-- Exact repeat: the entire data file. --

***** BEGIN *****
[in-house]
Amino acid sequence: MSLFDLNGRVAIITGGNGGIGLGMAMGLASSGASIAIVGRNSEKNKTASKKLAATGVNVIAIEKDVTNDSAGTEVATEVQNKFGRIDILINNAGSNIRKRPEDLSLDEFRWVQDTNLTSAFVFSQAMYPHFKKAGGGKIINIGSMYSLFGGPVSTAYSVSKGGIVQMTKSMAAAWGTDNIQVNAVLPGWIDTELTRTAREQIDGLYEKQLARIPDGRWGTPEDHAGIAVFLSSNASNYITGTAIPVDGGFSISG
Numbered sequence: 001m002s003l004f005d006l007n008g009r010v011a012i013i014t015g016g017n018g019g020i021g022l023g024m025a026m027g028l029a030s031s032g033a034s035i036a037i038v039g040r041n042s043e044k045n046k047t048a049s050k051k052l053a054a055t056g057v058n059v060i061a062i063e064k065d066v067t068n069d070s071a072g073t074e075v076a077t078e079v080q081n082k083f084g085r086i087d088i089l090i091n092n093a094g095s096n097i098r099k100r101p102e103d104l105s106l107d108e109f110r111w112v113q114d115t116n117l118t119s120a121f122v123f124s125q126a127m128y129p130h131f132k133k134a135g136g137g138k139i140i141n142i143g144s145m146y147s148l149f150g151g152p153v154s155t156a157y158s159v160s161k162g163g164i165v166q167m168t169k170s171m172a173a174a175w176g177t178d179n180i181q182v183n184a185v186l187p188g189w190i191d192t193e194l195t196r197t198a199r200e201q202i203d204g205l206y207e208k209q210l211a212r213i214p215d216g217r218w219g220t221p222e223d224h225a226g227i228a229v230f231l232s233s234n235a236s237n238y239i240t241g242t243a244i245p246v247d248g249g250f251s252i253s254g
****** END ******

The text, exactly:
[in-house]
Amino acid sequence: MSLFDLNGRVAIITGGNGGIGLGMAMGLASSGASIAIVGRNSEKNKTASKKLAATGVNVIAIEKDVTNDSAGTEVATEVQNKFGRIDILINNAGSNIRKRPEDLSLDEFRWVQDTNLTSAFVFSQAMYPHFKKAGGGKIINIGSMYSLFGGPVSTAYSVSKGGIVQMTKSMAAAWGTDNIQVNAVLPGWIDTELTRTAREQIDGLYEKQLARIPDGRWGTPEDHAGIAVFLSSNASNYITGTAIPVDGGFSISG
Numbered sequence: 001m002s003l004f005d006l007n008g009r010v011a012i013i014t015g016g017n018g019g020i021g022l023g024m025a026m027g028l029a030s031s032g033a034s035i036a037i038v039g040r041n042s043e044k045n046k047t048a049s050k051k052l053a054a055t056g057v058n059v060i061a062i063e064k065d066v067t068n069d070s071a072g073t074e075v076a077t078e079v080q081n082k083f084g085r086i087d088i089l090i091n092n093a094g095s096n097i098r099k100r101p102e103d104l105s106l107d108e109f110r111w112v113q114d115t116n117l118t119s120a121f122v123f124s125q126a127m128y129p130h131f132k133k134a135g136g137g138k139i140i141n142i143g144s145m146y147s148l149f150g151g152p153v154s155t156a157y158s159v160s161k162g163g164i165v166q167m168t169k170s171m172a173a174a175w176g177t178d179n180i181q182v183n184a185v186l187p188g189w190i191d192t193e194l195t196r197t198a199r200e201q202i203d204g205l206y207e208k209q210l211a212r213i214p215d216g217r218w219g220t221p222e223d224h225a226g227i228a229v230f231l232s233s234n235a236s237n238y239i240t241g242t243a244i245p246v247d248g249g250f251s252i253s254g